[zeromq-dev] Can we customize a behaviour for in-mem queued messages after reconnect?

Lindley French lindleyf at gmail.com
Fri Dec 20 21:01:04 CET 2013

I'll agree to a limited extent, though I don't see things exactly as you do.

The problem, in my view, is that normally you can trust TCP to get your
packets through intact. When something goes wrong and a connection fails,
you can take appropriate action to test what go through and what didn't,
and fix it. But when TCP connections go down and then come back within 0MQ,
there's no way to react to that, and 0MQ doesn't do a whole lot (from my
understanding) to make sure no messages got lost in the ether. So nothing
is done automatically and nothing can be done manually when a fault
occurs.....which means you are forced to write a higher-level protocol on
top of 0MQ *as if* it is totally unreliable and failures can happen at any
time, even though in reality TCP is pretty good 99% of the time.

I'm not going to request that 0MQ do its own acking and retransmissions or
anything like that----I've been down that road, sooner or later you're
basically writing TCP over TCP----but I do think there should be hooks to
let you know what range of messages might be at risk when a connection goes
down, so you can give them whatever special treatment you like.

On Fri, Dec 20, 2013 at 2:42 PM, artemv zmq <artemv.zmq at gmail.com> wrote:

> hi Gregg,
> As for the "acks".   The game on mobile device is awaiting (with timeout)
> for "acks". So, yes, we do "acks", sure.
> I also was thinking about
> >>  timestamping the messages and giving them a TTL
> and considered it as not reliable in my case.   The problem is that  we
> don't have control on where we deploy our software. We can't check: is time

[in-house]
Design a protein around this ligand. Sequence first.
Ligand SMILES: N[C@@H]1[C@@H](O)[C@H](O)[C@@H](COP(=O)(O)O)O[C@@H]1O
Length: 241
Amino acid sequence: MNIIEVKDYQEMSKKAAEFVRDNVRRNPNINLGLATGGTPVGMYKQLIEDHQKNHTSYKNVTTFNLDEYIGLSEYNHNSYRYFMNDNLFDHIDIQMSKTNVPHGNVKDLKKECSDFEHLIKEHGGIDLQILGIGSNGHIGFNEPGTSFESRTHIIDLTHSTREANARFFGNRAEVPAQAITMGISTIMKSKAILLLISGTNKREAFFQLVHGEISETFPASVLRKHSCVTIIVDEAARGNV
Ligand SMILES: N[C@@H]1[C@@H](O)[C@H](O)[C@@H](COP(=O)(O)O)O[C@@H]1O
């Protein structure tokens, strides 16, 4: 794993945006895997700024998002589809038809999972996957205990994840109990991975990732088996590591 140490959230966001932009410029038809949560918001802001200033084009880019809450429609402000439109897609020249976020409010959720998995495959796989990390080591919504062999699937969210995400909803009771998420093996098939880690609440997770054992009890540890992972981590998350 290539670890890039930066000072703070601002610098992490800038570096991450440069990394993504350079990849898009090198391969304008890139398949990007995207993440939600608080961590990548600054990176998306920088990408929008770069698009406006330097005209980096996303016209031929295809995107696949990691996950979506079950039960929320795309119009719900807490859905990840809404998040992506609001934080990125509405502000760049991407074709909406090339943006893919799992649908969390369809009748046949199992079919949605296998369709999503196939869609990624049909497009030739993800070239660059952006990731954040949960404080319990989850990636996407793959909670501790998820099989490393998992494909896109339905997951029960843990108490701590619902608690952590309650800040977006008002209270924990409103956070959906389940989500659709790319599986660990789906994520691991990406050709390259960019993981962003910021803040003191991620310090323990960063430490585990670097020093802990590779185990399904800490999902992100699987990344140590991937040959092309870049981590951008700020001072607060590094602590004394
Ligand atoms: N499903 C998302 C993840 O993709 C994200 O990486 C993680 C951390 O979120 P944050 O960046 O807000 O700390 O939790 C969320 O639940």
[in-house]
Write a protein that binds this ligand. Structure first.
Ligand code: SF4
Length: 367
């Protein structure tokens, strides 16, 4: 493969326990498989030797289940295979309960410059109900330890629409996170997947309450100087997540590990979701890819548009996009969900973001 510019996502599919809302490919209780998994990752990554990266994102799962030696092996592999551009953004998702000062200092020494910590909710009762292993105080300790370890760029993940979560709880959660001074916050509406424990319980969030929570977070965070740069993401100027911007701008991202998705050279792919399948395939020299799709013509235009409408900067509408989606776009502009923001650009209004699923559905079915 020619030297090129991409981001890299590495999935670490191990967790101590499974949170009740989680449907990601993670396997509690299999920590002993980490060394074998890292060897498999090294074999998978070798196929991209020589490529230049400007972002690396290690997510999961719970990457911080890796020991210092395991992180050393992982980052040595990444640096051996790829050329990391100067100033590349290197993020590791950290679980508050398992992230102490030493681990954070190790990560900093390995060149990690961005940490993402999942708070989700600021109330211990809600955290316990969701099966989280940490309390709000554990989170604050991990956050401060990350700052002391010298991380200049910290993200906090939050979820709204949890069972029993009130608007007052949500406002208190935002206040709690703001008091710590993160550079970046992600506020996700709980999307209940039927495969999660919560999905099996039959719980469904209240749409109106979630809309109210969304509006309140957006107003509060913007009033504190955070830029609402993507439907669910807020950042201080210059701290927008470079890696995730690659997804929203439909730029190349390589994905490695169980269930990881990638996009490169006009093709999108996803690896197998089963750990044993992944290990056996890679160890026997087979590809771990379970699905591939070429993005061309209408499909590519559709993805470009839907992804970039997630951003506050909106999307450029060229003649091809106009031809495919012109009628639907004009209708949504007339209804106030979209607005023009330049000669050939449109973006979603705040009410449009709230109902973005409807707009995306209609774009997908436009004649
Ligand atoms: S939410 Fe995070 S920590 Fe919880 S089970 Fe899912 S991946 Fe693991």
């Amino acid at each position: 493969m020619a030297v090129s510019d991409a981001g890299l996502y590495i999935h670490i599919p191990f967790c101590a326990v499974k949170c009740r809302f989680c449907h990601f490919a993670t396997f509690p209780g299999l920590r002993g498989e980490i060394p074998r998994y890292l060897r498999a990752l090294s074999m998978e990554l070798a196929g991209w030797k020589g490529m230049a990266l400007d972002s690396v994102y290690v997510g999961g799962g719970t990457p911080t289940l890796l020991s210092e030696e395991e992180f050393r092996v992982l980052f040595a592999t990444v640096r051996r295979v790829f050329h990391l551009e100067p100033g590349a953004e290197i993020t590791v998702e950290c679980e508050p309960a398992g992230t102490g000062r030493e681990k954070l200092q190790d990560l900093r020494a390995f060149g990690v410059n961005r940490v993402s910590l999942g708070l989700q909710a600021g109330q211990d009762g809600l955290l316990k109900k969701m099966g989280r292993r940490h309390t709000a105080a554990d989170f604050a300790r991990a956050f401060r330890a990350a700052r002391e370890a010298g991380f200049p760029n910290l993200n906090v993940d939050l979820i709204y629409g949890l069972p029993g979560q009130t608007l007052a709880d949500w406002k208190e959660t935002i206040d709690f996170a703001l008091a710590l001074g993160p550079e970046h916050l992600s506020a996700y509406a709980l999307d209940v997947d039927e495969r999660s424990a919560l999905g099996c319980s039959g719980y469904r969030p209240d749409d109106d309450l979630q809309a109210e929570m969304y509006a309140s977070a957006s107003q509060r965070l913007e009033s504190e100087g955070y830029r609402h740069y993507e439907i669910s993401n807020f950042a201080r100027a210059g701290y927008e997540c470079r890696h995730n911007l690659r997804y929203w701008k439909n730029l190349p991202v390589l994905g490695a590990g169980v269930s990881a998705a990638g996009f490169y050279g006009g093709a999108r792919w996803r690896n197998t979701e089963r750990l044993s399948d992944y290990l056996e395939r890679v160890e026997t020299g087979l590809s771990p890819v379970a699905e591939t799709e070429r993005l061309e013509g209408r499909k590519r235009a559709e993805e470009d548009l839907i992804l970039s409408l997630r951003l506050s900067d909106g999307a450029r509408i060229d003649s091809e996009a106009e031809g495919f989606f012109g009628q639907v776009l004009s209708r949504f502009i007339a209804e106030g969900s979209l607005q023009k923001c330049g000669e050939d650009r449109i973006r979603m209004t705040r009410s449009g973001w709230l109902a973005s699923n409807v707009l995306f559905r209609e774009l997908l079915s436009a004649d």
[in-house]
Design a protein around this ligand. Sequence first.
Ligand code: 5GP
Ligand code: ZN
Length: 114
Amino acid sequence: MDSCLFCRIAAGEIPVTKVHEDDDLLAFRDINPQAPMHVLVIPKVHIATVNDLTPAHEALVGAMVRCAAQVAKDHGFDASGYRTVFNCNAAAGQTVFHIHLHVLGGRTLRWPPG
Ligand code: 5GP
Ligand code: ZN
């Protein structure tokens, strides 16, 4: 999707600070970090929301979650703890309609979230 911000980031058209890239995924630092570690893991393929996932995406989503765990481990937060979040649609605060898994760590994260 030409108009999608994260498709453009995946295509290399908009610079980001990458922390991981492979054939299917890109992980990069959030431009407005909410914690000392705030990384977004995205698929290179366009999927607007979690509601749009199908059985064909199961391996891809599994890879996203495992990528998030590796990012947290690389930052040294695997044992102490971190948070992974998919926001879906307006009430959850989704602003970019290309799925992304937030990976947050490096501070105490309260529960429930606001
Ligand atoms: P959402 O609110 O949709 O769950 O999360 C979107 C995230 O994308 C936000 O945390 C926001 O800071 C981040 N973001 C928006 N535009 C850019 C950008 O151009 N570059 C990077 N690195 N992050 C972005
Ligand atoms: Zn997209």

> settings the same on all nodes in a cluster . And we can't
> ask our customers: "you have to ensure that time settings are the same on
> all nodes in your datacenter."  I'm pretty sure that wouldn't work (at
> least, in my company).
> As for
> >> This sounds like an application problem, not a 0MQ problem
> I wouldn't put like that. It's not a problem, it's rather a missing
> feature in 0mq.  I think behaviour like:  "_unconditionally_ deliver
> messages on reconnected socket"  is somewhat too strict.  It's more
> designed to support some kind of historical data flow, where you don't
> want to lose even one message. What it can be?  E.g. wheather data from
> sensors, e.g.  quotes from stock exchange.    But it is not very much
> suitable  when  you deal with something like: "place a bet" , "create a
> purchase order", "book hotel room".    Agree?
> 2013/12/20 Gregg Irwin <gregg at pointillistic.com>
>> Hi Artem,
>> az> Real example from gambling.
>> az> We have thousands users betting from their phones.  For end user a
>> bet is
>> az> just a click in UI, but for backend it's  a bunch of remote calls to
>> az> services. If  service is not available, then bet message  will stuck
>> az> in 0mq in-mem message queue  (up to hwm).   The game UI can wait up to
>> az> certain timeout  and then render something akin to  "We have
>> communication
>> az> problem with our backend. Try again later."  So at this point user
>> believes
>> az> that bet wasn't succeeded (.. this is important).    What happens
>> then --
>> az> ITOps get their pager rings, and then during 1hr they do their best to
>> az>  restart a failed service.  Ok?
>> az> After 1hr or so service restarts  and now what? Now queued bet will be
>> az> delivered to restarted service. And this is not goood, because 1hr
>> earlier
>> az>  we ensured user that "we had a backend issue"  and his bet wasn't
>> suceeded.
>> az> So  the  question arised --  how to not redeliver messages upon
>> reconnect?
>> This sounds like an application problem, not a 0MQ problem. A request
>> to place the bet can be received, which doesn't guarantee that the bet
>> has been placed (if other work needs to be done). To know that the bet
>> was place, you need an ack. You can also ack that the *request* was
>> received. In your scenario above, timestamping the messages and giving
>> them a TTL lets you handle cases where requests could not be processed
>> in a timely manner, and possibly ask the user what they want to do.
>> -- Gregg
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